In his days (Henry I’s reign) began the Cistercian
Order, which is now both thought and said to be the high road of
supreme progress toward Heaven.
so famous for continuing monastic vocations that it might well be
supposed to have some link with Heaven itself
But to sum
up all that has been said or can be said about the Cistercians,
they are today an example for all monks, a mirror for the zealous,
and a gadfly for the easy-going (1)
William even expressed feelings of solidarity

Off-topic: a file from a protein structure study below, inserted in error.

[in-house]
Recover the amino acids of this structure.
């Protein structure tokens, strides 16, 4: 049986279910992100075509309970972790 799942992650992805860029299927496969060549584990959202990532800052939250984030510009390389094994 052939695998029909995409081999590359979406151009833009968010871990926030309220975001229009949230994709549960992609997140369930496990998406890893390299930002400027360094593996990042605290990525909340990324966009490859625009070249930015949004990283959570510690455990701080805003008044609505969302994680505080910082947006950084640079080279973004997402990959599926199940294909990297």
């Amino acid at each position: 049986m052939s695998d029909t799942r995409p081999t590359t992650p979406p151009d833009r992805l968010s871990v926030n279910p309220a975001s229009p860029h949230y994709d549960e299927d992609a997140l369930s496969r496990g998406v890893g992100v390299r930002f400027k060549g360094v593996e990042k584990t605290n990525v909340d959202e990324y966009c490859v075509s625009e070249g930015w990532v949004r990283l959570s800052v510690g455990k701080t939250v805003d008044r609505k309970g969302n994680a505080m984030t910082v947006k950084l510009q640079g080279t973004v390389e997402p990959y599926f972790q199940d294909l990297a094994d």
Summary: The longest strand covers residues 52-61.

with the White Monks, for one of their founding figures, Stephen
Harding, was an Englishman. England was therefore a part of
this success story, and could share a sense of pride at the Cistercian
achievement. This link with Harding must have made the White Monks
more appealing and acceptable to those living in England.
Knowledge of and admiration for the Cistercian
life in the 1120s drew Englishmen to France, to join the monks at
Cîteaux and Clairvaux. Some responded to a personal invitation
from the charismatic abbot, Bernard
of Clairvaux, and left for the ‘promised Jerusalem’ . Several
of these men later played a leading role in the development of the
Order in Britain.